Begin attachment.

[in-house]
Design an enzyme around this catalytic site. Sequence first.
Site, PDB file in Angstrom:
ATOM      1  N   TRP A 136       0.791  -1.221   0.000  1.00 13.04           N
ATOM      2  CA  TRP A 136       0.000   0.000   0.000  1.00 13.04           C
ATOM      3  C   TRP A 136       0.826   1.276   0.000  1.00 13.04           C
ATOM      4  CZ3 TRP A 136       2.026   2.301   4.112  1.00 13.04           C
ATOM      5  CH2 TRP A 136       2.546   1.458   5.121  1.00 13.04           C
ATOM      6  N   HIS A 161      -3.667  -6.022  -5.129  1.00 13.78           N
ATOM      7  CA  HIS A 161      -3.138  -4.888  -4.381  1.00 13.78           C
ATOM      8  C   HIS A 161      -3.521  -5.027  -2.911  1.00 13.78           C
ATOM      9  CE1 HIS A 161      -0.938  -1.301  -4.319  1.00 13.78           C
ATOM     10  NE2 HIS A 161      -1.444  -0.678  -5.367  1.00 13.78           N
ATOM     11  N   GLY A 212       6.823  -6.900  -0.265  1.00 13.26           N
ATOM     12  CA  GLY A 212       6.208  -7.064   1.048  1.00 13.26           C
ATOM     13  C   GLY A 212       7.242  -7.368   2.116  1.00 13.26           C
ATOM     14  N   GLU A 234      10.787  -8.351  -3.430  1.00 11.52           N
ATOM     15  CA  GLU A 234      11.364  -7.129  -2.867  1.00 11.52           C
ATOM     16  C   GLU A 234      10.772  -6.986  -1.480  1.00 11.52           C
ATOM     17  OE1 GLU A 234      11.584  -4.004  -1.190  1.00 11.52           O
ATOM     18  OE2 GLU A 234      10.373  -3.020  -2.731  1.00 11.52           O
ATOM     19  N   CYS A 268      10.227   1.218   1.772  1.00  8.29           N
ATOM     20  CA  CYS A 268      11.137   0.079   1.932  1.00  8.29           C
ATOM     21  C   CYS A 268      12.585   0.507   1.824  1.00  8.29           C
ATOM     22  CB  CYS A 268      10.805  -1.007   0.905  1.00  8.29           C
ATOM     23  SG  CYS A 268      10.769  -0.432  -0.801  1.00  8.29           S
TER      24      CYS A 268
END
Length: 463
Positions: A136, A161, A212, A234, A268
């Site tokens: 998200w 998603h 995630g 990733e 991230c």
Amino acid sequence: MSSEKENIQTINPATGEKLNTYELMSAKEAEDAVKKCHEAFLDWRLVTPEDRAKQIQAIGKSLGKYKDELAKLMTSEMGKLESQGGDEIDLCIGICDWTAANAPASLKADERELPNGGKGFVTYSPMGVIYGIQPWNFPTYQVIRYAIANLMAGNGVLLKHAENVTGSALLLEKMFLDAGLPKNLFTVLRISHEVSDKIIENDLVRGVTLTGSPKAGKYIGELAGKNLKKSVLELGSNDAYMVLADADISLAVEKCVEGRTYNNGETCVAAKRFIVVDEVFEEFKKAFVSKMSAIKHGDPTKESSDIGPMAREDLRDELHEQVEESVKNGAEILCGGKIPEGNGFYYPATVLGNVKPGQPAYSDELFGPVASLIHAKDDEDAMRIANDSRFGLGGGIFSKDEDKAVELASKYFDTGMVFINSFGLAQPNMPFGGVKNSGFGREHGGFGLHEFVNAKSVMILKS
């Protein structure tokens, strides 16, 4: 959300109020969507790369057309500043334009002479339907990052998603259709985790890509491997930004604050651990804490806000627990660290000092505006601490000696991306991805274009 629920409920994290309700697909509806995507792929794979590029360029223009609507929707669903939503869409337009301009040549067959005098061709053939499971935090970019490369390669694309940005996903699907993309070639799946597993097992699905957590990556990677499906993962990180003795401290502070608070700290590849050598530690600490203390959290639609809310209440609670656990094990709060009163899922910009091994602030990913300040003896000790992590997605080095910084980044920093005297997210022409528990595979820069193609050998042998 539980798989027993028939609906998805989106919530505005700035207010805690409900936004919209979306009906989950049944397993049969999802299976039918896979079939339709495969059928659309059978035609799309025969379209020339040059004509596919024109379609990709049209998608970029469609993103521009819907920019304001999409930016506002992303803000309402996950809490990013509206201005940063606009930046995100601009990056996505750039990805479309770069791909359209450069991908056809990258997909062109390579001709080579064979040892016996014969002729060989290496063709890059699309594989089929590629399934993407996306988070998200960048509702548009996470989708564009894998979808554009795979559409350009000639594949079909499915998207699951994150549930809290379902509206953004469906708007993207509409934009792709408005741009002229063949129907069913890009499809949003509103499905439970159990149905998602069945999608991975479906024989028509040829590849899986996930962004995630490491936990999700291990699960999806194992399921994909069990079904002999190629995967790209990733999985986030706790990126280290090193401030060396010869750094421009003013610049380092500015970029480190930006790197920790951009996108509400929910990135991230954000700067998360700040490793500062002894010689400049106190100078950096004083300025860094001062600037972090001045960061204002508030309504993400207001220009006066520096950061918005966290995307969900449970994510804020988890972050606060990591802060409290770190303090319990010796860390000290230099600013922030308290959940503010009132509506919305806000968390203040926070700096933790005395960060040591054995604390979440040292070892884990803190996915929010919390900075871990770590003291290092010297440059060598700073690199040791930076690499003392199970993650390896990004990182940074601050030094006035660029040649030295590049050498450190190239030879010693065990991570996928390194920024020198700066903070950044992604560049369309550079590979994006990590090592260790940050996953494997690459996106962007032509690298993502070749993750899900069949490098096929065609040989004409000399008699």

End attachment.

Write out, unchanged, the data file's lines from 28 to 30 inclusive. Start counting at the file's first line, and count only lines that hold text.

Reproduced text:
END
Length: 463
Positions: A136, A161, A212, A234, A268